An award winning documentary film on how children's health is impacted by suburban sprawl and congestion
Where Do the Children Play? is a one-hour documentary for public television that examines how restrictive patterns of sprawl, congestion, and endless suburban development across America are impacting children's mental and physical health and development.
Using the adage that children represent 20 percent of the world's population but 100 percent of its future, the film opens by examining differences between growing up today, with all its inherent obstacles and temptations, and childhood as it was lived 50 years ago.
To understand today's children more acutely, the film team first visited Beaver Island where there are no McDonald's, Burger Kings, Targets or Walmarts. There, children congregate by bike in the downtown area to play. All 85 students in grades one to twelve attend the only school on the island. Most use the computer as a tool for homework, but not for communication. And while they miss a lot of what their counterparts have on the mainland, Beaver Island children are keenly aware of nature and its importance to their lives and their well-being.
Second, the film looked at suburbs today, which have the greatest problems. Explosive growth patterns, massive highways, distant malls, create an isolated environment lacking in sidewalks or places to ride bikes, walk or play. Children tend to be driven indoors to computers and television for recreation, and then driven to a mall or a friend's house by parents. Suburban kids, those ironically with the most opportunity in some areas, suffer the greatest health and psychological problems.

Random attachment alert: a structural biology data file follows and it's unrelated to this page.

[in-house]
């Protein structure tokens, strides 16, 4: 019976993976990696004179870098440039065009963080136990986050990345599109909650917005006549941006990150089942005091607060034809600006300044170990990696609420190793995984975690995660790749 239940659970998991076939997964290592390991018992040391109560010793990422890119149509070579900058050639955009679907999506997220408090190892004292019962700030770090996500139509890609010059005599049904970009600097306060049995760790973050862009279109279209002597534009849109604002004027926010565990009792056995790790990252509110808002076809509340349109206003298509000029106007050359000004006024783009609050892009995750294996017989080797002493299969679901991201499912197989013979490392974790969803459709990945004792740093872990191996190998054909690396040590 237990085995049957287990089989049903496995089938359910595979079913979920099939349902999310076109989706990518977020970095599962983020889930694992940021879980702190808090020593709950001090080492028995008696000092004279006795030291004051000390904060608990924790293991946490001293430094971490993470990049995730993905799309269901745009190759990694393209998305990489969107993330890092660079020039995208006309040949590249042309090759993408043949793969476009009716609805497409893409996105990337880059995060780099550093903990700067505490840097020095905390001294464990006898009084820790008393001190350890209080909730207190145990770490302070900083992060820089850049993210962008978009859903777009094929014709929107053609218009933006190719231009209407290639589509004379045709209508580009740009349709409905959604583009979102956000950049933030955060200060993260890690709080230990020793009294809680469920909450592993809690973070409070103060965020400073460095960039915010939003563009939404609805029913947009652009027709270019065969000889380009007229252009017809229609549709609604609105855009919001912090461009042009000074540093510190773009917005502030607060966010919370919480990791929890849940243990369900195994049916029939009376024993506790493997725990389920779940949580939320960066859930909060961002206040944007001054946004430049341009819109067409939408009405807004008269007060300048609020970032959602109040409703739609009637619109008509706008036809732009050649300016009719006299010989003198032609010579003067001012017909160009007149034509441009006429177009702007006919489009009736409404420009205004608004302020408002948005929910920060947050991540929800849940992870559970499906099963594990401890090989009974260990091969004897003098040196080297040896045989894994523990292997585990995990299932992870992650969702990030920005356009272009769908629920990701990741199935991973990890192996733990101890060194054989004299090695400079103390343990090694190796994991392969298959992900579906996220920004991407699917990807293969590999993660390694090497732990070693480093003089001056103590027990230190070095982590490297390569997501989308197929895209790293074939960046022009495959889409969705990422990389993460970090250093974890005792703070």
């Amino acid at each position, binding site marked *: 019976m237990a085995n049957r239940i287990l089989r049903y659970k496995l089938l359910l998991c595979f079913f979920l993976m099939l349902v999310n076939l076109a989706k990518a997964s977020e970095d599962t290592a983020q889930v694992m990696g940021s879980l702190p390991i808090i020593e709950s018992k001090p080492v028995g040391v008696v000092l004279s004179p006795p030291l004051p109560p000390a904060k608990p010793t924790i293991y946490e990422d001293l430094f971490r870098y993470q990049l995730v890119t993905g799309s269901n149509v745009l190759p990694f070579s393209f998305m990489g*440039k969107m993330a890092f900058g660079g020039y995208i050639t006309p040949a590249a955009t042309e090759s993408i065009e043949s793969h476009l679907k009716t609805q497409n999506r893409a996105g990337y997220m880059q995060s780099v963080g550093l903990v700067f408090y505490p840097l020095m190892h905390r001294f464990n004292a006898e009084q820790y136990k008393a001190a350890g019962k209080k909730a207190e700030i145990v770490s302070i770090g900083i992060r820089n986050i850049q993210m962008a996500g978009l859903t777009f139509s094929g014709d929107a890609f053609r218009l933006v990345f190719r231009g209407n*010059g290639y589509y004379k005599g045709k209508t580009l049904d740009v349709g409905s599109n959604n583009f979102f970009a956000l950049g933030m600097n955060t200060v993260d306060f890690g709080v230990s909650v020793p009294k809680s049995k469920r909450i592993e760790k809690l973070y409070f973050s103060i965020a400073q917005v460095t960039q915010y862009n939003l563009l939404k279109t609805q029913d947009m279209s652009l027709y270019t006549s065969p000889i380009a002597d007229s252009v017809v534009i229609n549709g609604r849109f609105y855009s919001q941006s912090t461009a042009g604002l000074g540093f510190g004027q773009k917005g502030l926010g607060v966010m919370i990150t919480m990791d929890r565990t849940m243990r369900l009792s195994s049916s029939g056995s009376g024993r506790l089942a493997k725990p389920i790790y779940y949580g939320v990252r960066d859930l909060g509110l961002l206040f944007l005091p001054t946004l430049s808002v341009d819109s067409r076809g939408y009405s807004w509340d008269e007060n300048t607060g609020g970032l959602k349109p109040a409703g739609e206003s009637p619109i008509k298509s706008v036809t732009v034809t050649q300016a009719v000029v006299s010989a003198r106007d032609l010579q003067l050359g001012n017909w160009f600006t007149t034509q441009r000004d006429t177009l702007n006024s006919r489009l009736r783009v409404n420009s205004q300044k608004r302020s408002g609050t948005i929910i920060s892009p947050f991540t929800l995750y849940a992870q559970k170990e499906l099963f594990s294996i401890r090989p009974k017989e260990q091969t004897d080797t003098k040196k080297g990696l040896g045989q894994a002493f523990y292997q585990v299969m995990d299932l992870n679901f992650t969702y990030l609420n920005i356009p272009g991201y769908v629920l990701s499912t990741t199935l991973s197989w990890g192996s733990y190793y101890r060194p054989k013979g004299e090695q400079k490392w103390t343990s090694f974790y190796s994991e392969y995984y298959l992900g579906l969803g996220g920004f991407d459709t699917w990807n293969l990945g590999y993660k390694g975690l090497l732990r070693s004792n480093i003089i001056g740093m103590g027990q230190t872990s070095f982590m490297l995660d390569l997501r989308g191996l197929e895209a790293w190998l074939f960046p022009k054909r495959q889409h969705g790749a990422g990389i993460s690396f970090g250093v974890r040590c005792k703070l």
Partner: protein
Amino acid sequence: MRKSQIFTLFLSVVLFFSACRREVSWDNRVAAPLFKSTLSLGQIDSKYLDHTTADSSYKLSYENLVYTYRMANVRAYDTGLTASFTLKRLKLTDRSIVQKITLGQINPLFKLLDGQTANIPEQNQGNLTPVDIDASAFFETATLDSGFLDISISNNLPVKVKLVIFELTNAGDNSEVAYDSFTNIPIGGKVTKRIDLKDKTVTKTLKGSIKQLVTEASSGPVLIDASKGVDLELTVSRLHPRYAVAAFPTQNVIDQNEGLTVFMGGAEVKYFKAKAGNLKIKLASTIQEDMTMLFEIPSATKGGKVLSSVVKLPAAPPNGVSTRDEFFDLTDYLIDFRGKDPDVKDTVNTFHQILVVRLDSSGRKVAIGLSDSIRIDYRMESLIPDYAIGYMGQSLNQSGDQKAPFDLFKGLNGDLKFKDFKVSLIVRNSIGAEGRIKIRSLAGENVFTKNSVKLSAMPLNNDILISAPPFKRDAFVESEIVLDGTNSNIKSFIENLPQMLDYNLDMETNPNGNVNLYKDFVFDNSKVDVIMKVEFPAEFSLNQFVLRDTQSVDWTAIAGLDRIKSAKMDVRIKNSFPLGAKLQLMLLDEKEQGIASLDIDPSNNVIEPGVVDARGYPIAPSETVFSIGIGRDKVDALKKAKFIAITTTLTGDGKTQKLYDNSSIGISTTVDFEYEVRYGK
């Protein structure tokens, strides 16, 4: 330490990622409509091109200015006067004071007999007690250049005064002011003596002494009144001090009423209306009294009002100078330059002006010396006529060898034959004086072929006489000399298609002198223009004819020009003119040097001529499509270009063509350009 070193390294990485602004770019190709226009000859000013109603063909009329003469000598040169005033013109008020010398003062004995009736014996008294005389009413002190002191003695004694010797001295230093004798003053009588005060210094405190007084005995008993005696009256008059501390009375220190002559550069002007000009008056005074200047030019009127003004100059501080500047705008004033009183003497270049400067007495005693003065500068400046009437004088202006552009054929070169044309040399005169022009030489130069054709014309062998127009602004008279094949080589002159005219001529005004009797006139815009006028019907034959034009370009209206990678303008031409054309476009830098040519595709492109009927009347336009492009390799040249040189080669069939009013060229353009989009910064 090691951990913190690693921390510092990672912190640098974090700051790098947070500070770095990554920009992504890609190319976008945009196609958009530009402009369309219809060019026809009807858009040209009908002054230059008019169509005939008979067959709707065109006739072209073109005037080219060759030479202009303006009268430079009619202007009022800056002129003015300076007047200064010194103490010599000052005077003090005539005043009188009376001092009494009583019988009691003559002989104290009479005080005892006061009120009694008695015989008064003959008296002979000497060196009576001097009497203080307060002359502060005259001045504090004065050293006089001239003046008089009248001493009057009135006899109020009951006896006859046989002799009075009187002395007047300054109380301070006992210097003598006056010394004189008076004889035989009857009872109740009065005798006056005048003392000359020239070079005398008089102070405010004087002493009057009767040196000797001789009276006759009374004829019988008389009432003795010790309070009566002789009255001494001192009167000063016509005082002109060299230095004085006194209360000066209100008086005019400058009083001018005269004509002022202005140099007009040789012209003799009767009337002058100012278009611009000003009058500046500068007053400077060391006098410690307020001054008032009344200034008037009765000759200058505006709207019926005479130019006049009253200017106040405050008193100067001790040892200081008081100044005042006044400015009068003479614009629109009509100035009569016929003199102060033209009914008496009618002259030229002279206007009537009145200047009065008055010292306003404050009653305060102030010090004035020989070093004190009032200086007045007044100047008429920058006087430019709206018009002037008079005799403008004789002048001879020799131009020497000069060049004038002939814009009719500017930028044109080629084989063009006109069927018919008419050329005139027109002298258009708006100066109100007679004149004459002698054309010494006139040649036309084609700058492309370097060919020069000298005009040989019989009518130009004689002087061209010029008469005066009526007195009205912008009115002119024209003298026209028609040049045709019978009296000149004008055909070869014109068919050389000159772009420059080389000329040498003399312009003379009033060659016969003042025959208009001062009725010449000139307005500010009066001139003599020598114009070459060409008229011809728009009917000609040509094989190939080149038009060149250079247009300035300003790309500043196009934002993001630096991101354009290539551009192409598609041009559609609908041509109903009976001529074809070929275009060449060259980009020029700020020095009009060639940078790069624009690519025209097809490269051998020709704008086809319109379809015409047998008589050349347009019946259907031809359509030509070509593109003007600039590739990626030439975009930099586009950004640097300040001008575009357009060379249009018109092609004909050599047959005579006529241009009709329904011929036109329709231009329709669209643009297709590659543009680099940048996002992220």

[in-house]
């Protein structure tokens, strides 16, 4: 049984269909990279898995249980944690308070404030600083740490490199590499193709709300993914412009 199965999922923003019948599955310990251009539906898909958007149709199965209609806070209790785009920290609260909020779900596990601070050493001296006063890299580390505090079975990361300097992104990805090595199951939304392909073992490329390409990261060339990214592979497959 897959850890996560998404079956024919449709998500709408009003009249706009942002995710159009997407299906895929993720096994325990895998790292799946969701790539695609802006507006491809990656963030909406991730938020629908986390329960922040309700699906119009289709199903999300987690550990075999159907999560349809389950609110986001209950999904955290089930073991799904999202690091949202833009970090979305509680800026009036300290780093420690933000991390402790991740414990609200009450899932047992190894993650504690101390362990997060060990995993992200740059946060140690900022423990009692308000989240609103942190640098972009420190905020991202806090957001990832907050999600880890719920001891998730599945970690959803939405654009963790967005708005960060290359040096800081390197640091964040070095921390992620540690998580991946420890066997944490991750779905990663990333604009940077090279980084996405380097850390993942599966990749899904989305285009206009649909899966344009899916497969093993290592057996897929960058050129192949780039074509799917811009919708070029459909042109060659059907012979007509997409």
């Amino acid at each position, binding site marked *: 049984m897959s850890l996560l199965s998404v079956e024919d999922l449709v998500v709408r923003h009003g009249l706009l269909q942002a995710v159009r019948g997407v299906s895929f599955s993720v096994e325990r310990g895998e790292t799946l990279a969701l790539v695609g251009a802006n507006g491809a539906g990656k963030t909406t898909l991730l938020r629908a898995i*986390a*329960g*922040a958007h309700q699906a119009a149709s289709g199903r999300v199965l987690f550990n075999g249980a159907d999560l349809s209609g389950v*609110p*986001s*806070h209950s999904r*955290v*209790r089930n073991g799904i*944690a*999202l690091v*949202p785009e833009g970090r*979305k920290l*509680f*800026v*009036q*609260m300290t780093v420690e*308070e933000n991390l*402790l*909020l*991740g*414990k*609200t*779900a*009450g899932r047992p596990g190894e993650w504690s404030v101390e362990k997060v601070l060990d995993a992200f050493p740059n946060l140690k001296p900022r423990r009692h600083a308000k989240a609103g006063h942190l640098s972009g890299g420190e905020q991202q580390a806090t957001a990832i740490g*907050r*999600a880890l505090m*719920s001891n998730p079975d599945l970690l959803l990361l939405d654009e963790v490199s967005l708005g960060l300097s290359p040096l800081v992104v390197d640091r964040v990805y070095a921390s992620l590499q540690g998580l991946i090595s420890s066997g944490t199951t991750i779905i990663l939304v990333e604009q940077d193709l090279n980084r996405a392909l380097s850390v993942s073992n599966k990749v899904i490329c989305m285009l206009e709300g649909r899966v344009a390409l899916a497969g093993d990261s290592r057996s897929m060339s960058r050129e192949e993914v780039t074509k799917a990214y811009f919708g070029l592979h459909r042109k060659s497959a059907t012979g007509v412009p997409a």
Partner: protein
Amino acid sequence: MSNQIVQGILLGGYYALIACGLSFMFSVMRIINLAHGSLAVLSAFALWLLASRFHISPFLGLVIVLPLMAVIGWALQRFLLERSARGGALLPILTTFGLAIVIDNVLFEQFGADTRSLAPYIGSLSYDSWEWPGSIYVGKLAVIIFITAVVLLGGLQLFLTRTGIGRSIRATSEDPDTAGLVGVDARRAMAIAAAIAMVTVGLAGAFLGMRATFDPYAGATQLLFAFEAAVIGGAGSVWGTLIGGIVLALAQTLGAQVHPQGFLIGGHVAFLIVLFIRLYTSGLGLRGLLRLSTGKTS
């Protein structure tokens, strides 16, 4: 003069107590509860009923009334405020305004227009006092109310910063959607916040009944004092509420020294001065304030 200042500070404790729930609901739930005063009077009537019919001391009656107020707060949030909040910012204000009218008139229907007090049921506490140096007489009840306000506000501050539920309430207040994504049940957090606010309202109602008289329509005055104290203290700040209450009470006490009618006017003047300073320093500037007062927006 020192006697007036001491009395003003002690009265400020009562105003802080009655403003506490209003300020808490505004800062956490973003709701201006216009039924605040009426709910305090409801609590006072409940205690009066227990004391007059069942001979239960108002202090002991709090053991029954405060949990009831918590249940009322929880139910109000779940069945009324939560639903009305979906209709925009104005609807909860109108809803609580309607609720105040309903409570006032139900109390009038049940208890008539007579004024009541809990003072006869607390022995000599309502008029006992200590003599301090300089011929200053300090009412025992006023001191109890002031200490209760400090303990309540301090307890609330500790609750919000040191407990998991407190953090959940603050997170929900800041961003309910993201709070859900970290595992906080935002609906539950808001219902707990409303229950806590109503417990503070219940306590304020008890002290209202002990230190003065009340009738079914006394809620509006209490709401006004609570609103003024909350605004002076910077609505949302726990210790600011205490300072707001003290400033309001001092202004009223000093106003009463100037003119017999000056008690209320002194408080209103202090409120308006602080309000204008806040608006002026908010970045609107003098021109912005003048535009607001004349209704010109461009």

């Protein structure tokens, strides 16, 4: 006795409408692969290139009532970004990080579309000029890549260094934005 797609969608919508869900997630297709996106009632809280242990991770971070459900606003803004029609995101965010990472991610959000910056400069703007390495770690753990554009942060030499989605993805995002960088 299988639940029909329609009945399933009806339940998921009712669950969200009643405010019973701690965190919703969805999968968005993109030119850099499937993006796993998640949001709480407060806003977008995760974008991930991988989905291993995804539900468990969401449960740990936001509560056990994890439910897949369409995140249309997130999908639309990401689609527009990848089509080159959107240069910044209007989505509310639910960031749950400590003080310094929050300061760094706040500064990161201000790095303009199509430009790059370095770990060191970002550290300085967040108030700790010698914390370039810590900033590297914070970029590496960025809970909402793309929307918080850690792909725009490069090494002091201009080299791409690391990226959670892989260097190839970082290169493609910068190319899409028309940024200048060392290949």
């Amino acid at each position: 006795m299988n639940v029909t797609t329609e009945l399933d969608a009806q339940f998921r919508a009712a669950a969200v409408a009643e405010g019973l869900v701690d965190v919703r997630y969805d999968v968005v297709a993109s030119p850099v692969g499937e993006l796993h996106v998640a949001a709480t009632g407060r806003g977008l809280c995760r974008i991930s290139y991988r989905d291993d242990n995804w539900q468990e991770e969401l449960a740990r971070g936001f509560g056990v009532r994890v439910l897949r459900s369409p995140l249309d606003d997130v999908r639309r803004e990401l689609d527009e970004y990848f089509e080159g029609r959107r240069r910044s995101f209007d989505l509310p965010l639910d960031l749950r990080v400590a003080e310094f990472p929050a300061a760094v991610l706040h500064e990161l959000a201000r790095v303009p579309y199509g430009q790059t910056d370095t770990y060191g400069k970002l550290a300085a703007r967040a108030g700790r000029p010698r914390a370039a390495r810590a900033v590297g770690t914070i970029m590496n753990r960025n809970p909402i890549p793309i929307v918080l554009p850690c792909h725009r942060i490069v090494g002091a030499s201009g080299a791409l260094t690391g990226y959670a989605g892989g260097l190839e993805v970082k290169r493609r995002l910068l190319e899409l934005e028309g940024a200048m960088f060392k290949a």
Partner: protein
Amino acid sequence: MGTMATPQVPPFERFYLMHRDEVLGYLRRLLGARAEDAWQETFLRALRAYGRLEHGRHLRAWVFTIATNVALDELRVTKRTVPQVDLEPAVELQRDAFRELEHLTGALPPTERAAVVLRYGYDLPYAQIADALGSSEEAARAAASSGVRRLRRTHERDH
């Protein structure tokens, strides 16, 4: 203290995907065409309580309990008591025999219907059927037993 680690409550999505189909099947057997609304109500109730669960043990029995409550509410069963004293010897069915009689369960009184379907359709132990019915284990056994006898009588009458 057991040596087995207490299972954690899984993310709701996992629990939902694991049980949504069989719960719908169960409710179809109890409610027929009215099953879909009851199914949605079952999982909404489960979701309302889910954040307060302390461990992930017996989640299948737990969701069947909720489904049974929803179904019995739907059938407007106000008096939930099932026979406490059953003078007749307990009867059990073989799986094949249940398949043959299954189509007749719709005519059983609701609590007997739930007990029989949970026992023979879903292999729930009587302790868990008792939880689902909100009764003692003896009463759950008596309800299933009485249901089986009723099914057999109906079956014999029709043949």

Third, the film team visited the city, which produced the greatest surprises as a place for children: for those not raised in crushing poverty, it still works. And surprisingly well. Despite obstacles and the media stereotypes, old neighborhoods function better than many suburbs, with parks and schools and a sense of community in which parents of different backgrounds often watch out for the safety of children, as they did generations ago when these places were built.
Finally, the film examines the impact of the media and stranger-danger television stories. But it also looks at the role of parents themselves, specifically to the over-programmed child of professionals who run their child's life as if it were a business.
Visit Michigan Television's website at: http://michigantelevision.org/childrenplay/
A Place for Play:
A Place for Play is framed by interviews with experts from Where Do the Children Play? a 60-minute documentary from Michigan Television. This companion volume to the film, with a foreword by Richard Louv, explores key issues that have captured national attention in recent years: namely the ways in which free play outdoors is slipping from children's lives. Responding to the sense of lost childhood and fear that pervades our society, this full-color, richly illustrated anthology surveys the history of playground design and the children's garden movement, the benefits of universal access to natural resources, and the challenges of developing child-centered and green communities. Essays address multiple social issues, including restrictive patterns of sprawl, to explain why children are losing the ability to travel on their own or explore green spaces.
For more on the book A Place for Play , and to order, visit: www.press.umich.edu/titleDetailDesc.do?id=362097.
A Place for Play:
Published by The National Institute for Play, Distributed in the United States by the University of Michigan Press
Where Do the Children Play?:
Winner of the 2008 Eugene International Film Festival Best Film in Social Issues/Family Values